Churros are going to be as prevalent in Madrid as Paella in Valencia and it’s near impossible to avoid at least trying one of these freshly fried, spherical doughnuts coated in sugar at least once while visiting.
I quickly gave into temptation on my first night in the city and at midnight made my way to the famous Chocolateria San Gines. This particular cafe can be spotted by the quick moving line that starts at the entry to the green and white tiled room.
According to the time this blog was written, the cafe – in business since 1894 – has sold over 5 million churros and even more chocolate coffees!
The traditional churro was created by shepherds in the fields to substitute for not having access to fresh baked goods. Ingredients are primarily flour and egg that is mixed then fried in a spiral shape, rolled in cinnamon sugar, allowed to cool then sliced for serving each.
As the Spanish conquered other regions of the world, they took this treat with them and each nation has their own spin. In Mexico they are served as sticks and dipped in a variety of sauces. In South America they fried treat are filled with dulce de leche or chocolate. But in Spain, the churro and porra ( the thicker cousin ) is dipped in dark, rich melted chocolate.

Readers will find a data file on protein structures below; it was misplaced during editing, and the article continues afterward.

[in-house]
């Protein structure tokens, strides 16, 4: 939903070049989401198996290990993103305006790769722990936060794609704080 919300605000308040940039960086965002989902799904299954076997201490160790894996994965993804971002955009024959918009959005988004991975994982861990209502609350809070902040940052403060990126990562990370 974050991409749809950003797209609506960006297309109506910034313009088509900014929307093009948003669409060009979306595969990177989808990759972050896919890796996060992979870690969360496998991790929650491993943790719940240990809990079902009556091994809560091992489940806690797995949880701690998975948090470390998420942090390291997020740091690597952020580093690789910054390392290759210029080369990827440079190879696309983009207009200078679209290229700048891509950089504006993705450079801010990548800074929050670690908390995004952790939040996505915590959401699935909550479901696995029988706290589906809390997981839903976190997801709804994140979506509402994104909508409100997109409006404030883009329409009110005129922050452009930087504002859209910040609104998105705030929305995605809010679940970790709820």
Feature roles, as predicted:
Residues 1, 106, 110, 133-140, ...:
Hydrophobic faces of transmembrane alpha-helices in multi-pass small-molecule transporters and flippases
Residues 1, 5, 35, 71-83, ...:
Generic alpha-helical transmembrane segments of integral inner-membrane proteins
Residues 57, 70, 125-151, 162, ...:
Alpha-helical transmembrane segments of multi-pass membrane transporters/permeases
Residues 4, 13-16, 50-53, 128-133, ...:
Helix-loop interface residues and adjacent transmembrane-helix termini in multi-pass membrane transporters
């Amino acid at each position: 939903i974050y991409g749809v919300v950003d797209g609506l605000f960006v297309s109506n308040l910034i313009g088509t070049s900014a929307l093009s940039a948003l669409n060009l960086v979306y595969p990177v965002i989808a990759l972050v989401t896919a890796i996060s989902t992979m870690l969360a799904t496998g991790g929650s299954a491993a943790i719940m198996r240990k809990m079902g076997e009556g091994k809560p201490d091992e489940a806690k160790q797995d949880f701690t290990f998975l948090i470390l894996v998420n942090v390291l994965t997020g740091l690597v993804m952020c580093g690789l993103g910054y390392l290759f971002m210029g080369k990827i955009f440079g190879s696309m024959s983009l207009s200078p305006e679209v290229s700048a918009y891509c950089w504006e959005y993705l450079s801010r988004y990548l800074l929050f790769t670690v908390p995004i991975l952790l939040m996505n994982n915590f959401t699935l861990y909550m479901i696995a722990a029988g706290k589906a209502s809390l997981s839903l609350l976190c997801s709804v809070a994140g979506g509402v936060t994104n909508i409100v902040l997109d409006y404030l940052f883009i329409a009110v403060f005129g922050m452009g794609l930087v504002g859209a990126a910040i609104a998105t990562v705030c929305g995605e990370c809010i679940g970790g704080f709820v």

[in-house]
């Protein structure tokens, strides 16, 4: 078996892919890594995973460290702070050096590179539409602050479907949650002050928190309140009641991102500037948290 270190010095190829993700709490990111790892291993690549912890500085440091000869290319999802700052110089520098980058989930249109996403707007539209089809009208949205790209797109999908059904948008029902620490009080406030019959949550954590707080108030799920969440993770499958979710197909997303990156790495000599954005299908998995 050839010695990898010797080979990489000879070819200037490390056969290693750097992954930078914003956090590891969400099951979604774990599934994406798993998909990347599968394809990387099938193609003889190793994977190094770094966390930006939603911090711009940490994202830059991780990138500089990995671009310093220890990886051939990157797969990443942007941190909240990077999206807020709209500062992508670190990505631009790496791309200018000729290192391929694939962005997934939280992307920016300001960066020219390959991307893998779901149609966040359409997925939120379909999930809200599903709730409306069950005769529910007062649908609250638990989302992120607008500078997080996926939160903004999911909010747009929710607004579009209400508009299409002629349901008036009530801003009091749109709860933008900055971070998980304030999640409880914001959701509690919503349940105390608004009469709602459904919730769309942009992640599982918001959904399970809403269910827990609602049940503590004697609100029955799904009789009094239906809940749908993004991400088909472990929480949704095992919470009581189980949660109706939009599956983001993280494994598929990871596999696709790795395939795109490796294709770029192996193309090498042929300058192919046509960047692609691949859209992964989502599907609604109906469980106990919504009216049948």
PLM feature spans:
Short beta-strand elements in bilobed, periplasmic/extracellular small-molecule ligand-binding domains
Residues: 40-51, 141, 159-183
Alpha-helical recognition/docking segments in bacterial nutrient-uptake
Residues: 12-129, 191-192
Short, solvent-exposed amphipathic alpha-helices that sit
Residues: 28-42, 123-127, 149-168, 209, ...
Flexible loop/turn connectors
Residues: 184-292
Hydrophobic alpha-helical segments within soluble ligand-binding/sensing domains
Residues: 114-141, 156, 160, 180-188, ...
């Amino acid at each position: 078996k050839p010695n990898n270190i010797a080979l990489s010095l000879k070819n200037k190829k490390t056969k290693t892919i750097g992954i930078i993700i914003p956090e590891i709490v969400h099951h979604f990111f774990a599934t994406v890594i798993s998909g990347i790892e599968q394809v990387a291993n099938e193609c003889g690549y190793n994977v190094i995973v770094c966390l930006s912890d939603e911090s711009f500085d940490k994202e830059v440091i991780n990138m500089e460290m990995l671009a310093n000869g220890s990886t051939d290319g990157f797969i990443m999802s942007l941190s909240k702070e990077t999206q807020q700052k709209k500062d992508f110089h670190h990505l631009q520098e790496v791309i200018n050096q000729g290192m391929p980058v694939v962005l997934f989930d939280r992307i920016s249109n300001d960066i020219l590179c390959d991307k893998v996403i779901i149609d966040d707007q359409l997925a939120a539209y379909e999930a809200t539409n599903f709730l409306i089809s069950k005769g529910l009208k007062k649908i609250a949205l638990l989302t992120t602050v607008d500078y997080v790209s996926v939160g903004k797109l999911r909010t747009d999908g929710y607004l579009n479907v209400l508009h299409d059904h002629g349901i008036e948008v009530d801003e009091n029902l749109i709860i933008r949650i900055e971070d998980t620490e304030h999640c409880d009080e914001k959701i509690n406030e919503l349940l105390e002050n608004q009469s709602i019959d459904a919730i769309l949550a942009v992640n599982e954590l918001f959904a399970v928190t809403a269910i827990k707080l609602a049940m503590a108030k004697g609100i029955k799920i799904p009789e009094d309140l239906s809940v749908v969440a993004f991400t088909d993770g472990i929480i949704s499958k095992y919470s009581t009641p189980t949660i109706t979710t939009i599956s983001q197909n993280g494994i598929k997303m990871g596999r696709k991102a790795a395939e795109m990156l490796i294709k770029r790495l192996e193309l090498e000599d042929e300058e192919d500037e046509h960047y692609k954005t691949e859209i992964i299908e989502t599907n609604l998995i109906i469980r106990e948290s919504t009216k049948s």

Not to break from tradition, I ordered the cup of chocolate and with a smile savored each crunchy bite soaked in chocolate!
Churros 24 Hours A Day
Whether you want a churro for second breakfast, an afternoon snack or a late-night treat during your gin or sangria soaked nights, you can have your chocolate and churro and eat them too at San Gines. They are open 24 hours a day, 365 days per year!
Cynthia is a recovering Travel Director turned TV host, creator of Her Drive Podcast, and lover of all things adventure, unicorns, van life, and wellness-focused. She can be found dining wherever octopus is on the menu.